Living Streets has joined with nine other NGOs to urgently call on councils to make walking and cycling safer so children can travel safely when schools reopen.

It comes as a new survey finds six out of ten parents are worried about increased levels of traffic when lockdown is lifted.

The ten NGOs (Global Action Plan, Mums for Lungs, Living Streets, Possible, ClientEarth, Cycling UK, Asthma UK & British Lung Foundation Partnership, FIA Foundation, Ella Roberta Family Foundation and Guy’s and St. Thomas’ Charity) recommend “School Street” schemes (which close roads to cars during pick up and drop off times) as particularly important as schools try to manage social distancing at the school gates, along with street improvements to make every child’s journey safer to walk and cycle.

children walking and scooting

The NGOs are calling on councils to listen to public feedback and Government social distancing guidelines to ensure children are safe on our streets after lockdown. The NGOs are asking councils to take the lead in working with parents and schools and to trial “School Street” schemes in light of the phased reopening of schools next week.

The survey, commissioned by Global Action Plan and carried out by Opinium, finds that six out of ten parents are worried about increased levels of traffic when lockdown is lifted, but that they are also keen to play their part. Over half (53%) plan to walk or cycle more than they did before after lockdown, and the vast majority of those that plan to be more active (79%) say that restricting vehicle access at certain times of the day would be helpful. 

In response to the survey, the NGOs are calling on councils to use £280 million of funding that has been made available by governments in UK for local authorities to build cycle lanes, widen pavements and restrict motor traffic to make our neighbourhoods safer. Such action would be supported by the majority of the public:

  • 69% of the public – including those without children – want to see communities retain safer roads and fewer car journeys when lockdown eases.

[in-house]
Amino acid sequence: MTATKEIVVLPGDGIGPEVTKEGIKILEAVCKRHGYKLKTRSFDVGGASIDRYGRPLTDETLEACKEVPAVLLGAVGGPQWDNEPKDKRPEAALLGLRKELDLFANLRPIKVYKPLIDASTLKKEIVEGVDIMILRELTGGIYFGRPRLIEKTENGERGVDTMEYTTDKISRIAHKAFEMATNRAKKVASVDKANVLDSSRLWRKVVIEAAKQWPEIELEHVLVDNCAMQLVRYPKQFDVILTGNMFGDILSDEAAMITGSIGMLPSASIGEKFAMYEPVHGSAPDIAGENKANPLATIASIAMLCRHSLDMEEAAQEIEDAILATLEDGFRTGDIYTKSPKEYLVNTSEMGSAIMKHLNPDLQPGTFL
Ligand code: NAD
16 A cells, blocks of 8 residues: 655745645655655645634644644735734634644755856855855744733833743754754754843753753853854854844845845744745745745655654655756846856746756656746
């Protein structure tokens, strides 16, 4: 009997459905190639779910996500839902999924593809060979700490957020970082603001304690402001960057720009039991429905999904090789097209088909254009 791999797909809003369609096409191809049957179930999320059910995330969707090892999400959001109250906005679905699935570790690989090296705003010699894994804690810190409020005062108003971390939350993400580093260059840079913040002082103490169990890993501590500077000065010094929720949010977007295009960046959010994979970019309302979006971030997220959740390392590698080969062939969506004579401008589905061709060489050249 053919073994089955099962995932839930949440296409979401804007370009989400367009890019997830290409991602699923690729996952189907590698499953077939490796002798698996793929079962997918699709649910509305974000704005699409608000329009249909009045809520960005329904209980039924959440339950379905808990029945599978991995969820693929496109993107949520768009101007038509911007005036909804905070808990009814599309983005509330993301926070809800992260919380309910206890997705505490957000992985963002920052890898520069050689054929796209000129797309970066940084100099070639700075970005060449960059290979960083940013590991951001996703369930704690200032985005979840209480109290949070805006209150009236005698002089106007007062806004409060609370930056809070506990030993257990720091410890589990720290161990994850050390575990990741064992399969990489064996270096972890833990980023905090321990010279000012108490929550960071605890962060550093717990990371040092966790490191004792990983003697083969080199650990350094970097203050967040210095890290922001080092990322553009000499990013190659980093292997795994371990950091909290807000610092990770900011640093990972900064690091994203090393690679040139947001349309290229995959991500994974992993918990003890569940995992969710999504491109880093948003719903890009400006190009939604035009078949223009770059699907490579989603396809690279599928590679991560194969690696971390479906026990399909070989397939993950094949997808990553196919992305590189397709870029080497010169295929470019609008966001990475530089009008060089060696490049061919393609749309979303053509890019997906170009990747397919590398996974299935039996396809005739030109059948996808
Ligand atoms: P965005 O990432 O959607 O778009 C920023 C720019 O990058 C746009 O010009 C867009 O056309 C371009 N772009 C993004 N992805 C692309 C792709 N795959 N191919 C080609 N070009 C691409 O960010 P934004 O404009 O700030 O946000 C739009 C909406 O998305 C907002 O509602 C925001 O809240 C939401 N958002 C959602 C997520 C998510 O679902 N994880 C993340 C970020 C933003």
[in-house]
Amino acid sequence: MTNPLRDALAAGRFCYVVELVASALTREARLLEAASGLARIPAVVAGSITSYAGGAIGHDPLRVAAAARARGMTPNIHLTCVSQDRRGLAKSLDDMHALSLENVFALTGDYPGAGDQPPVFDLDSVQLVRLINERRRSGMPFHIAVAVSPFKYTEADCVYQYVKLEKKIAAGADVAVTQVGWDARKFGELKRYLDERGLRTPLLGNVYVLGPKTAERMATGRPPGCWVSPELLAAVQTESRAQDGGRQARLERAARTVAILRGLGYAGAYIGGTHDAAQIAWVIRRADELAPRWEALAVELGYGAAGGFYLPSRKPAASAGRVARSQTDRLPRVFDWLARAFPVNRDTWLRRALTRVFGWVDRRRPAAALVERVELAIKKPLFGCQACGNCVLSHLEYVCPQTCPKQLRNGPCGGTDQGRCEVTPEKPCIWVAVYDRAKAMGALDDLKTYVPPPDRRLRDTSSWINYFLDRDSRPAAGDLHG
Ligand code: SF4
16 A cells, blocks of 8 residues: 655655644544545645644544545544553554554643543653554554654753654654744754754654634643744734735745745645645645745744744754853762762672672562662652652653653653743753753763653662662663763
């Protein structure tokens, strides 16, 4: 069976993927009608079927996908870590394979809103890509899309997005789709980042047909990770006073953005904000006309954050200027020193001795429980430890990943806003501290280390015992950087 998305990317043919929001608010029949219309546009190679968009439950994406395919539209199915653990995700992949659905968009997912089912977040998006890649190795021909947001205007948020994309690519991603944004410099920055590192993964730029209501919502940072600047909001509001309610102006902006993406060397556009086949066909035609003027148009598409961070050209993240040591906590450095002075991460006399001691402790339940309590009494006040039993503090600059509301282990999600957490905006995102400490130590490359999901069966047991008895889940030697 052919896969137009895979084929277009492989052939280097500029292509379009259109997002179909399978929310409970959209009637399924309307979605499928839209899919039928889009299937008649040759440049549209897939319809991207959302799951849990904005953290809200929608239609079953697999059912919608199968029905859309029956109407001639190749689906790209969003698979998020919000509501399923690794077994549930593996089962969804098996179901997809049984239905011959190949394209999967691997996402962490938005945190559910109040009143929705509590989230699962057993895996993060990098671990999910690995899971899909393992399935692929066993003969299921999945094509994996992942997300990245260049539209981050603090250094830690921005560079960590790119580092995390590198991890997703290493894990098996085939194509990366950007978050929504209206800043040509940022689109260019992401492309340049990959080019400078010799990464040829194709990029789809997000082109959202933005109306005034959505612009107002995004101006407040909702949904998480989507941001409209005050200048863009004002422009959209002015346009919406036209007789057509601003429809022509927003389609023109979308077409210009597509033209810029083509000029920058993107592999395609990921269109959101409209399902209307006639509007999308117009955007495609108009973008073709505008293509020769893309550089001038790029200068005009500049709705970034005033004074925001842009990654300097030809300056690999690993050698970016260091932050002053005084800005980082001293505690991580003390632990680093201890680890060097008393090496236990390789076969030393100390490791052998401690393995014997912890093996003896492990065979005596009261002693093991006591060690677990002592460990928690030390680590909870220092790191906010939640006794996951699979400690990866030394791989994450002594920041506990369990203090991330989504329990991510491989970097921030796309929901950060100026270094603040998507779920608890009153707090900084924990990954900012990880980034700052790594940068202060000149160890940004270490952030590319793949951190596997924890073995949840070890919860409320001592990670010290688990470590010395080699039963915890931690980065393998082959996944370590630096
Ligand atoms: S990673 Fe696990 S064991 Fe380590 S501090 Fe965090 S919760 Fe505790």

• Social distancing requirements at the school gate risks children and parents spilling out into the road making vehicle restrictions on school streets an urgent safety need.
  • With the public advised to only use public transport as a last resort, a surge in car travel is possible if families do not feel it is safe enough for their children to walk or cycle to school. The majority of all adults want to see more space for pedestrians (63%), and cyclists (52%).
  • Increased traffic will increase air pollution which is particularly dangerous for children as it stunts their lung development. Leading scientists say that the coronavirus may be more dangerous for people whose lungs are already affected by air pollution. The survey also found half (50%) of expecting mothers and parents of children under 10, are now much more concerned about air pollution since lockdown.

The group of NGOs are also promoting actions the UK public and parents can take to make roads outside their schools safer, including contacting their local council to ask for “School Streets”cycling space and social distancing space.

Chris Large, Senior Partner at Global Action Plan, says:

“Returning to school is full of anxieties for parents and simple street improvements would drastically reduce the worry over children being able to get to school safely. Some Local Authorities are doing a great job of making active travel safer, but some have not even started. Whether a child’s neighbourhood keeps low traffic and clean air beyond the end of the lockdown shouldn’t be a postcode lottery”.

Jenni Wiggle, Living Streets Interim CEO, says:

"Parents' concerns about the back to school traffic are totally legitimate and while the pandemic has been a truly nightmarish time for so many of us, one positive thing has come out of it - we are experiencing the lowest levels of traffic since 1920 when Living Streets was set up.

More families walking to school is something we've wanted to see for a long time, and we hope many will decide to walk or cycle local, everyday journeys like the walk to school. School Streets have a real part to play in improving the area outside the school gates, making them a safer and cleaner place to spend time.

Jenni Wiggle, Interim CEO, Living Streets


boy walking